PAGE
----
This presentation discusses experimental tests of a model for drug uptake by human bone and explores how the results may be applied to detect nerve agent exposure from human remains recovered from mass graves during human rights investigations.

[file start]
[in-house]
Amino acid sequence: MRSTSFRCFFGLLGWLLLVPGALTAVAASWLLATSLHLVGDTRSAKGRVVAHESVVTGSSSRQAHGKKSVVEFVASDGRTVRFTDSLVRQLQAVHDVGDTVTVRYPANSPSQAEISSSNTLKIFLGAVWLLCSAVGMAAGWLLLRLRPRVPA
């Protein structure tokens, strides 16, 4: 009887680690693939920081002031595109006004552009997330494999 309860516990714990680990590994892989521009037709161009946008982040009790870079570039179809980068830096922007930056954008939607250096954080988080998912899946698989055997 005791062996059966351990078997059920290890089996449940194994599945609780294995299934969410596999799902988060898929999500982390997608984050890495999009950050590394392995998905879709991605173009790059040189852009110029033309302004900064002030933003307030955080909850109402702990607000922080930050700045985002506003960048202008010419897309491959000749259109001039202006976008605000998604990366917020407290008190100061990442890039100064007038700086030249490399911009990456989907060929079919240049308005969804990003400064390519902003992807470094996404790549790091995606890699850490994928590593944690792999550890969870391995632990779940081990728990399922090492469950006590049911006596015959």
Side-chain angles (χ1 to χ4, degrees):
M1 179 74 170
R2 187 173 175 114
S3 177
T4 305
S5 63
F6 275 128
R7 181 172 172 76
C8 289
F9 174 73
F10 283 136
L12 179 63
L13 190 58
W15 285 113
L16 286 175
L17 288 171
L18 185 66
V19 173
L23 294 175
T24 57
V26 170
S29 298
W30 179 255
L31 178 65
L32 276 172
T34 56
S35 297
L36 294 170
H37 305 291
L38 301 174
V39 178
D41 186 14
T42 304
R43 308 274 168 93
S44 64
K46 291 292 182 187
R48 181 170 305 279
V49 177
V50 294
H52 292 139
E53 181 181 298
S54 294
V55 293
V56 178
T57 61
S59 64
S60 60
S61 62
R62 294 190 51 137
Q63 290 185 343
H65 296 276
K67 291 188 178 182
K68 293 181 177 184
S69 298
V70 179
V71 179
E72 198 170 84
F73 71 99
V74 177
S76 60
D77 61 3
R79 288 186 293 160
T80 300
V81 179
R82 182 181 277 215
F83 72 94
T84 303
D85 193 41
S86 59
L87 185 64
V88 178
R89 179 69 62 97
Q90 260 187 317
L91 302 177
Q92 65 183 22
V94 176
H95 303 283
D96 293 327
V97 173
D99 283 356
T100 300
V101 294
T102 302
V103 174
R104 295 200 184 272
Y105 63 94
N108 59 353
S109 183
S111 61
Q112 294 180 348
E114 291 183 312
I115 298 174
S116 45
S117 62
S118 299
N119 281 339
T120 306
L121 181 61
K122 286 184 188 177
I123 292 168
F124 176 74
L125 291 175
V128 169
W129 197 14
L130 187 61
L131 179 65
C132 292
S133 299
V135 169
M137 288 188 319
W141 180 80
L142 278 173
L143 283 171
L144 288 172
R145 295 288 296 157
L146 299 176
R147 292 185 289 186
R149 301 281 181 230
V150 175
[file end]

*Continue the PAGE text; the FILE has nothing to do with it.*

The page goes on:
The ability to reliably and meaningfully conduct toxicological tests on skeletonized human remains would expand the ability of skeletal remains to inform cause of death from primarily physical traumatic causes to chemical causes as well. In humanitarian contexts, and particularly in excavations of mass graves, this may help confirm exposure to chemical weapons. However, at present, toxicological testing is not typically conducted on skeletonized human remains in forensic contexts. This is largely due to an inability to reliably interpret skeletal toxicology results, despite a recent rise in experimentation in this field. In turn, low interpretability of results is related to the current lack of an established model for the uptake of xenobiotics by the human skeleton. This presentation discusses a hypothetical model of uptake and the research currently being conducted to test the model. It also details experimental attempts to optimize the extraction and detection of xenobiotics from fresh human bone. The presented research centers on organophosphate nerve agents, due both to the chemical properties of the agents, which may make them more likely to incorporate into human bone tissue than other toxins, and to their salience in human rights investigations. The current state of forensic toxicology, bone biology and bone chemistry, nerve agent pharmacodynamics and pharmacokinetics, methods for isolating nerve agents from biological matrices, and methods for using bone as a toxicological matrix will also be discussed.